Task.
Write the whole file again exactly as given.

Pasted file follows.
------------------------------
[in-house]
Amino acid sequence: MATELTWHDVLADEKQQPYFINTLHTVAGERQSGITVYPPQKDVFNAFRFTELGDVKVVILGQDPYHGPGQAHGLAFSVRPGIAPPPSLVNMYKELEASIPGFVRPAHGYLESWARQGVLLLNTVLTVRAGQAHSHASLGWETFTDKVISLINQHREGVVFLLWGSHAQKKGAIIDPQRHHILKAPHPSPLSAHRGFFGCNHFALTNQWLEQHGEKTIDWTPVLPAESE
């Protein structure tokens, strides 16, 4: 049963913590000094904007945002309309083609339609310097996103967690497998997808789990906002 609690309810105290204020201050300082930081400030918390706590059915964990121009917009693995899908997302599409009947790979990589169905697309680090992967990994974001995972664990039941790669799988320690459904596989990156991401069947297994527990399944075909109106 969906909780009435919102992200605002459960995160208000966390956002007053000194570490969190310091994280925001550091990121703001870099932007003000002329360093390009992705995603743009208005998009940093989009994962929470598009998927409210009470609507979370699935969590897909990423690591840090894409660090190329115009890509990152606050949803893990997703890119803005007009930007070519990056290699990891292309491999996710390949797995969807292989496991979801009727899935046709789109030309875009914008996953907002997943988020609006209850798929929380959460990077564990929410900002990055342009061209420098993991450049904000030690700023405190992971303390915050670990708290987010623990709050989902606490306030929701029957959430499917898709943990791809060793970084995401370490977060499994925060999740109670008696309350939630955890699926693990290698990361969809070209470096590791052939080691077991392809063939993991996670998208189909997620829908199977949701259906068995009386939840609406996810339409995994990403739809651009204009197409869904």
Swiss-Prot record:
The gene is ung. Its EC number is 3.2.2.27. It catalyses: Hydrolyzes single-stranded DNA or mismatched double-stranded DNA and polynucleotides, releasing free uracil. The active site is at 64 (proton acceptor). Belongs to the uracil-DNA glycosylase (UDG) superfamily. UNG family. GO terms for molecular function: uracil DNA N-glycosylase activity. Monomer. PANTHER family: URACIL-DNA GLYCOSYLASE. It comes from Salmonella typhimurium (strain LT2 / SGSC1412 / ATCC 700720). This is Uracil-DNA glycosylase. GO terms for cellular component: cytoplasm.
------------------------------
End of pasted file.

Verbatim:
[in-house]
Amino acid sequence: MATELTWHDVLADEKQQPYFINTLHTVAGERQSGITVYPPQKDVFNAFRFTELGDVKVVILGQDPYHGPGQAHGLAFSVRPGIAPPPSLVNMYKELEASIPGFVRPAHGYLESWARQGVLLLNTVLTVRAGQAHSHASLGWETFTDKVISLINQHREGVVFLLWGSHAQKKGAIIDPQRHHILKAPHPSPLSAHRGFFGCNHFALTNQWLEQHGEKTIDWTPVLPAESE
């Protein structure tokens, strides 16, 4: 049963913590000094904007945002309309083609339609310097996103967690497998997808789990906002 609690309810105290204020201050300082930081400030918390706590059915964990121009917009693995899908997302599409009947790979990589169905697309680090992967990994974001995972664990039941790669799988320690459904596989990156991401069947297994527990399944075909109106 969906909780009435919102992200605002459960995160208000966390956002007053000194570490969190310091994280925001550091990121703001870099932007003000002329360093390009992705995603743009208005998009940093989009994962929470598009998927409210009470609507979370699935969590897909990423690591840090894409660090190329115009890509990152606050949803893990997703890119803005007009930007070519990056290699990891292309491999996710390949797995969807292989496991979801009727899935046709789109030309875009914008996953907002997943988020609006209850798929929380959460990077564990929410900002990055342009061209420098993991450049904000030690700023405190992971303390915050670990708290987010623990709050989902606490306030929701029957959430499917898709943990791809060793970084995401370490977060499994925060999740109670008696309350939630955890699926693990290698990361969809070209470096590791052939080691077991392809063939993991996670998208189909997620829908199977949701259906068995009386939840609406996810339409995994990403739809651009204009197409869904």
Swiss-Prot record:
The gene is ung. Its EC number is 3.2.2.27. It catalyses: Hydrolyzes single-stranded DNA or mismatched double-stranded DNA and polynucleotides, releasing free uracil. The active site is at 64 (proton acceptor). Belongs to the uracil-DNA glycosylase (UDG) superfamily. UNG family. GO terms for molecular function: uracil DNA N-glycosylase activity. Monomer. PANTHER family: URACIL-DNA GLYCOSYLASE. It comes from Salmonella typhimurium (strain LT2 / SGSC1412 / ATCC 700720). This is Uracil-DNA glycosylase. GO terms for cellular component: cytoplasm.